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Speaker pays tribute to fallen friend

November 12, 2005

Washington County Sheriff's Department Deputy 1st Class Daniel Watson told a group gathered at the Washington County Courthouse Friday that they, and every American citizen, "have given my life great meaning."

During a Veterans Day ceremony Friday on the steps of the courthouse, Watson, a U.S. Navy Seabee who served with a tactical movements team with the Naval Mobile Construction Battalion in Iraq from September 2004 to March 2005, said he feels honored to be a veteran.

He said Veterans Day "has come to mean much more to us as more and more years pass by."

Watson paid tribute to his childhood friend, Ryan Brandt Young, who, along with three other contractors, was performing high-risk diplomatic security in Basra, Iraq, when a bomb destroyed the heavily armored vehicle in which they were riding on Sept. 7.

Veterans of Foreign Wars Post 1936 color guard members stood at attention as about 30 representatives of veterans groups and local and state government took turns placing wreaths in front of the veterans memorial in front of the courthouse.


Dorothy Smith, chaplain of Morris Frock Unit 42, American Legion Auxiliary, said in her benediction, "Help us remember and never forget, we owe our freedom and have a debt."

'Heroes serve in every capacity'

U.S. Army Capt. Lara Brennecke shared military superstitions with those gathered at Smithsburg Veterans Park Friday for a Veterans Day service.

Brennecke, a West Point graduate, said that there was a superstition at her school that if "it rains during your acceptance day ... you're class is going to war."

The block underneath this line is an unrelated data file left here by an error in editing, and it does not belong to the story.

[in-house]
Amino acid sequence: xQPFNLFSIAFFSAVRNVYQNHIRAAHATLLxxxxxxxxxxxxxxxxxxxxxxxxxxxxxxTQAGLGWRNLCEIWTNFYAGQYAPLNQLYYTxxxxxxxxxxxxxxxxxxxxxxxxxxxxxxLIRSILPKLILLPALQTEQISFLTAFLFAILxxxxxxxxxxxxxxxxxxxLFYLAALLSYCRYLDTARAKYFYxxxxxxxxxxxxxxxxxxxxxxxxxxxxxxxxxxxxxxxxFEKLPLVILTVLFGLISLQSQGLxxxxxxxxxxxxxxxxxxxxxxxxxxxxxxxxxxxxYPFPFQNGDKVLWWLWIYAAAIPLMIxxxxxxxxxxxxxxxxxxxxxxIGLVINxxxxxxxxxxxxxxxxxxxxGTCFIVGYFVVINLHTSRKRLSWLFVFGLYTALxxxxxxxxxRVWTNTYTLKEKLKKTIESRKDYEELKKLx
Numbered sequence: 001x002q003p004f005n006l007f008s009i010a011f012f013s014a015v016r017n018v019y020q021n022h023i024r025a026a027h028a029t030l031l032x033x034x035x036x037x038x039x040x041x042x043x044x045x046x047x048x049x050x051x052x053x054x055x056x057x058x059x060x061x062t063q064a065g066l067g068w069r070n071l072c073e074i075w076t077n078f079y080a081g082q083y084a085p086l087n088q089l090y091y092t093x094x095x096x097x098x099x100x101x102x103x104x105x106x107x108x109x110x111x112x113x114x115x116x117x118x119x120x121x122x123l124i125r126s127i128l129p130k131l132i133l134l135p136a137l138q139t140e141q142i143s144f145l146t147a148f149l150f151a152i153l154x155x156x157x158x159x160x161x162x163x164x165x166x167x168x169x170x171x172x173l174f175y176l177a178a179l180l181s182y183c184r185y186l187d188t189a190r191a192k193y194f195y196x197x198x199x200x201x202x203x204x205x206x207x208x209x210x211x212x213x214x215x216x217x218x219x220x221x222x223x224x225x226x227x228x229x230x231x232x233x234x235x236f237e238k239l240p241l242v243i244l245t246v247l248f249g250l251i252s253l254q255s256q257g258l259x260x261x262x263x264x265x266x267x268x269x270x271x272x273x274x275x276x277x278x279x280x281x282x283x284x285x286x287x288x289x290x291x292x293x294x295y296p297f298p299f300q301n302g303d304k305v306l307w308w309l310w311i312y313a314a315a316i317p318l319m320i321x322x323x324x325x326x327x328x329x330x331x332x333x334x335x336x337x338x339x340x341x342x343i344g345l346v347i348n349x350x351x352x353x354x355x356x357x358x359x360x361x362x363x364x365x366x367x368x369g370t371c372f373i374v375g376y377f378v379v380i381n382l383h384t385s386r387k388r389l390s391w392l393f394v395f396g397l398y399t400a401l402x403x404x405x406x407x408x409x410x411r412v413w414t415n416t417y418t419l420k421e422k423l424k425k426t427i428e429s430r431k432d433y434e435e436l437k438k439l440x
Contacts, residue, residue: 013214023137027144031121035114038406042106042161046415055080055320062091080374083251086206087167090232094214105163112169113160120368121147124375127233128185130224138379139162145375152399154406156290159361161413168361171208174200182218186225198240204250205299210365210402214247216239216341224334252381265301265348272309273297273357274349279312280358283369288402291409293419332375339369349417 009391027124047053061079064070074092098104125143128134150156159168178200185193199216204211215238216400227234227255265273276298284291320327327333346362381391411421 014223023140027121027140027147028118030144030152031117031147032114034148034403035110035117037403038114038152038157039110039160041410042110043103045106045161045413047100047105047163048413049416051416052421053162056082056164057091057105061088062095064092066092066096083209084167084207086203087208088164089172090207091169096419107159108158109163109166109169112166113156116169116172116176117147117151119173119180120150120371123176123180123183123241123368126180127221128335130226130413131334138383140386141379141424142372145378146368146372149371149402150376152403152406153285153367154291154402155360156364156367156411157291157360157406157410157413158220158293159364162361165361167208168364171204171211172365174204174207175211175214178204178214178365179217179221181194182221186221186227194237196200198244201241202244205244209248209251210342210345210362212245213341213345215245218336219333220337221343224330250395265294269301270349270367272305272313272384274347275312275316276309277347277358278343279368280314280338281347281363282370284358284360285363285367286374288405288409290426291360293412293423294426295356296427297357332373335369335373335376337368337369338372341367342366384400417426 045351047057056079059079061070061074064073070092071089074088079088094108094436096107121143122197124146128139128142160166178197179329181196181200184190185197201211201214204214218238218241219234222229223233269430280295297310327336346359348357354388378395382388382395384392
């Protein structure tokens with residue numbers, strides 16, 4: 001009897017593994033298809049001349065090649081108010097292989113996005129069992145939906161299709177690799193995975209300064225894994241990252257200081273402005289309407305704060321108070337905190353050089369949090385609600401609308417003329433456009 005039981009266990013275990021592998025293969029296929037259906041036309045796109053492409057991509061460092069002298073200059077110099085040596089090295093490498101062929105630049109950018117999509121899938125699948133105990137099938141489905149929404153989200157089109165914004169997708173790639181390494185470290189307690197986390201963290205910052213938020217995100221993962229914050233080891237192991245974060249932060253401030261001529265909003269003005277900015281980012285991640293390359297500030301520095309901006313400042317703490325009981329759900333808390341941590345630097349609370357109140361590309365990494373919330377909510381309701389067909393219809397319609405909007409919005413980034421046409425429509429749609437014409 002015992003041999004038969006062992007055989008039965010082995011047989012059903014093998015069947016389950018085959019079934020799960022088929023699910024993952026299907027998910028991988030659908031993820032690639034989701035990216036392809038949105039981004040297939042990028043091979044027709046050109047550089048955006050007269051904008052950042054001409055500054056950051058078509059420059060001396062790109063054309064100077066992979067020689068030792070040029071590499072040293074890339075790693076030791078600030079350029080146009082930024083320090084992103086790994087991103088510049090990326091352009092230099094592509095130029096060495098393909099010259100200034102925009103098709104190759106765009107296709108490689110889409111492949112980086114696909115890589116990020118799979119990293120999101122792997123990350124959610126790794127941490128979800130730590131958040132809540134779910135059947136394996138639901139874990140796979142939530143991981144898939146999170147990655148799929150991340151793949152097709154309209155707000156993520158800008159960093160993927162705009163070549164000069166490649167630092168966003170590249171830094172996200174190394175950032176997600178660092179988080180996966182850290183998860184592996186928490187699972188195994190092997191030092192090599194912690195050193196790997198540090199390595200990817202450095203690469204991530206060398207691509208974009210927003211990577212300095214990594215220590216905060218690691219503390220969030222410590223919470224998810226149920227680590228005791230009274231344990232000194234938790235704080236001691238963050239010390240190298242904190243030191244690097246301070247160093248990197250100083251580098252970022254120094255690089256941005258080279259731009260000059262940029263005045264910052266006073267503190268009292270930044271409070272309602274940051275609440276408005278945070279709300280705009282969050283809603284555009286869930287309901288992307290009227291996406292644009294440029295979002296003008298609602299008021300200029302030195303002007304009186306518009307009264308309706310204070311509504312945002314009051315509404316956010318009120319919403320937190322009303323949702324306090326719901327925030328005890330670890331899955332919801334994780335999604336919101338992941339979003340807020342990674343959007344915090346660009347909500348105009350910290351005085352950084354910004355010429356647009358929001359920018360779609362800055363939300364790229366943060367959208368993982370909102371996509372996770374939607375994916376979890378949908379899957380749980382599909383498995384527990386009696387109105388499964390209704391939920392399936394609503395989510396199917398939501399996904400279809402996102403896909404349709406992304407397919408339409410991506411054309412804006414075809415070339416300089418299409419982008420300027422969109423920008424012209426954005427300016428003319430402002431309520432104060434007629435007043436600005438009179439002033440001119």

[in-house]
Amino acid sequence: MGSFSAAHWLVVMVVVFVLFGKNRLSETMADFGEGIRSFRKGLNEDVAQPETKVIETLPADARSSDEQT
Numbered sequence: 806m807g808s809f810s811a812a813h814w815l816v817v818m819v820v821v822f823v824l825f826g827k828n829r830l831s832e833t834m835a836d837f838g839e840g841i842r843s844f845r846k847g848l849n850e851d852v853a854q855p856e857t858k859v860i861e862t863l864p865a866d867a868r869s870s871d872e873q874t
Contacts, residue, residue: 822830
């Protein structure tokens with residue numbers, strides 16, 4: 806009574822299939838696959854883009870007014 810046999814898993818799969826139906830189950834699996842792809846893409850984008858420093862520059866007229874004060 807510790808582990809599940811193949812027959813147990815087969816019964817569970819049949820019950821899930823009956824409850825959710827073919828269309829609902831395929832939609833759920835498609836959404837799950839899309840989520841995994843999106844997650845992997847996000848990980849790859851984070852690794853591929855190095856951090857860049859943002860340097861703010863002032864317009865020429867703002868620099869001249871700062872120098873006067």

It held true for her husband's class, she told the nearly 50 people gathered under a blue and white tent for the afternoon service. Brennecke, 25, who serves with the 6th Transportation Battalion, 7th Transportation Group, at Fort Eustis, Va., told the group about her service at Camp Arifjan in Kuwait from September 2004 to September 2005.

She honored those who have served before her.

"Heroes serve in every capacity. As we speak, they are changing minds. I'm proud to be a part of this generation," she said.

Smithsburg Mayor Mildred "Mickey" Myers said there are about 24.5 million veterans living in the United States. She proceeded to break that figure down into those who served in different wars and spoke of the increasing number of women who are veterans.

She then asked veterans to stand or raise their hands to be recognized when she announced each war.

The Rev. Mark Mooney of St. Paul United Methodist Church said in his benediction, "Who are our veterans of today: They're teachers, doctors, those who bag our groceries ... They are our grandparents and our parents..."

He said that those gathered Friday were gathered to say just two words to those who have served, "Thank you."

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